Sat in a circle in the world’s oldest operational passenger railway station, Liverpool’s Edge Hill, are a disparate group of individuals united under the banner ‘Future Station’. As trains rattle past regularly, the group, a diverse mixture of ages and backgrounds, debate, discuss and crack jokes about creative projects, plans and ideas, helping to animate this historic space operated by art organisation, Metal.
Metal was founded in London in 2002 by Southbank Centre Artistic Director, Jude Kelly, as an artists’ residency space in a former metal workshop. The organisation came to Liverpool soon after, when current Director Ian Brownbill visited the London space and decided that Edge Hill, a central but deprived district of Liverpool he was working in, could do with such a facility. Beginning in a nearby house, Metal Liverpool moved into the underused station buildings in 2009 after their careful restoration. The larger space allowing the organisation to develop as a community-focused, multi-arts’ centre.
Metal seems to have managed that rare knack, of being popular with local people and attracting arts fans from far and wide. Project Manager Jenny Porter says the reason the organisation has been successful at engaging the community is pretty simple:
“I think we just make sure to listen and support people’s ideas. It helps being a small team and having built up a reputation in the area over the five years we’ve been based here. We don’t think people should have to always travel to city centres to access culture and that in the future it will become increasingly important for cultural provision to exist within towns and neighbourhoods.”
Metal Edge Hill is many things to many people. Its space home to several artists’ studios alongside activities and organisations as diverse as the annual Liverpool Art Prize competition, Suitcase Ensemble, who run a range of popular cabaret nights, and even a recent celebration event about Liverpool’s infamous 1911 Transport Strike.
Metal has also been keen to more deeply reflect the area in which it is located. The Edge Hill Archive Project, launching in November, is the culmination of two years’ work to record the history and culture of the local area for posterity, both online and in a permanent installation at the station.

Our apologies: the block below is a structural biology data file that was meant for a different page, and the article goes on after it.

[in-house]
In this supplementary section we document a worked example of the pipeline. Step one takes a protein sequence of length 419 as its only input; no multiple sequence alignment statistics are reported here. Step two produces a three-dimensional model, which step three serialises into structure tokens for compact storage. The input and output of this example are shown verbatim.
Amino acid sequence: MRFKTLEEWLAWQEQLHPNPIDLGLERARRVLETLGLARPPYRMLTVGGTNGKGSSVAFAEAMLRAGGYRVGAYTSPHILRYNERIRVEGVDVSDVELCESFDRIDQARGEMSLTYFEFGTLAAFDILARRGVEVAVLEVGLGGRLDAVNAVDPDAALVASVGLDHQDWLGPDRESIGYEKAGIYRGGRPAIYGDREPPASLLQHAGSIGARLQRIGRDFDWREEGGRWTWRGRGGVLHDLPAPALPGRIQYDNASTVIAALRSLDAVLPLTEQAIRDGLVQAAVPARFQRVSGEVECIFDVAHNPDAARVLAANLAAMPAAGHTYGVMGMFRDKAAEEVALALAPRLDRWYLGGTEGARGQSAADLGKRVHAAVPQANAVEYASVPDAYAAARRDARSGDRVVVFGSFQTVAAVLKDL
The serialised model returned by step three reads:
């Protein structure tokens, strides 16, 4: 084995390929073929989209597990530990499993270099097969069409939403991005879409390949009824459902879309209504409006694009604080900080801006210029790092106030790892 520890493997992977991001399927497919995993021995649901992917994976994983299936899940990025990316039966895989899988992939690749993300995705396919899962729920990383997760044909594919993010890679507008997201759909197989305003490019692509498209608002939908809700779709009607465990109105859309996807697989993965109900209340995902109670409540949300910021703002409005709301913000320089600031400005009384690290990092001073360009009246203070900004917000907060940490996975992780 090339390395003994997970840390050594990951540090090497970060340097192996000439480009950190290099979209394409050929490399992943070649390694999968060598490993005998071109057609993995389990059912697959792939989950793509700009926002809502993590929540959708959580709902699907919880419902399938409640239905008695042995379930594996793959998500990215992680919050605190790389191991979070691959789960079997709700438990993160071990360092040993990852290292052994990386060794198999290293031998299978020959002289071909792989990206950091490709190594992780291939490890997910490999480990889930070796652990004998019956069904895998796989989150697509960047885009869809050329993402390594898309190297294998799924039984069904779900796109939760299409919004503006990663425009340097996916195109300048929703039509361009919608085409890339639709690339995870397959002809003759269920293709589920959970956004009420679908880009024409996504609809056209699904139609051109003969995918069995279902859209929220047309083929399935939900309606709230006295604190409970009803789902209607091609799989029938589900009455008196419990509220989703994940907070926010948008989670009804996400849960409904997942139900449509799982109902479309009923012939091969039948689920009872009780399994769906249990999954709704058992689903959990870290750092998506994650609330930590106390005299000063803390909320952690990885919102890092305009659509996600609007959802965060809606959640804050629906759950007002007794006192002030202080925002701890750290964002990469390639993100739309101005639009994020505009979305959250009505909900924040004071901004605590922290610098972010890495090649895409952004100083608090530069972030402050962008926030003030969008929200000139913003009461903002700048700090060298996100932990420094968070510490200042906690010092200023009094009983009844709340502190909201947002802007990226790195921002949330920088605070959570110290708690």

Jenny says: “It will be exciting to finally see something permanent in the space that conveys its magnificent history. Hopefully it charts some of the many changes that have already happened in the area at a time when it is undergoing another transformation. It is as much about capturing the present as it is the past.”
The Future Station group acts as an entry point and steering group for Metal, and has managed to unite local residents, international artists, heritage enthusiasts and many others besides. Jenny explains more:
“Future Station is important in that we try to encourage in the group a sense of ownership by allowing them to bring their own ideas to the space. We also hope that the meetings help give the members of the group the confidence in their own creativity, no matter how extensive their past experiences are, as well as offering the support needed when it comes to setting up their own projects and ideas.”
Local resident Terry Eagles, who created his first art installation for the recent Future Station Festival, which showcased the group’s work, sums up why the arrival of Metal in the area has been important for people like himself:
“My background, I never had an art lesson in me life. But I always had an interest in it, and it’s been fascinating to me to stick it out down here, because I was something of a fish out of water when I first came down. I’m filling that gap now, and quite enjoying it, so that’s what I’m getting out of Metal now.”
This article appeared in the 29th September 2011 edition of The Big Issue in the North.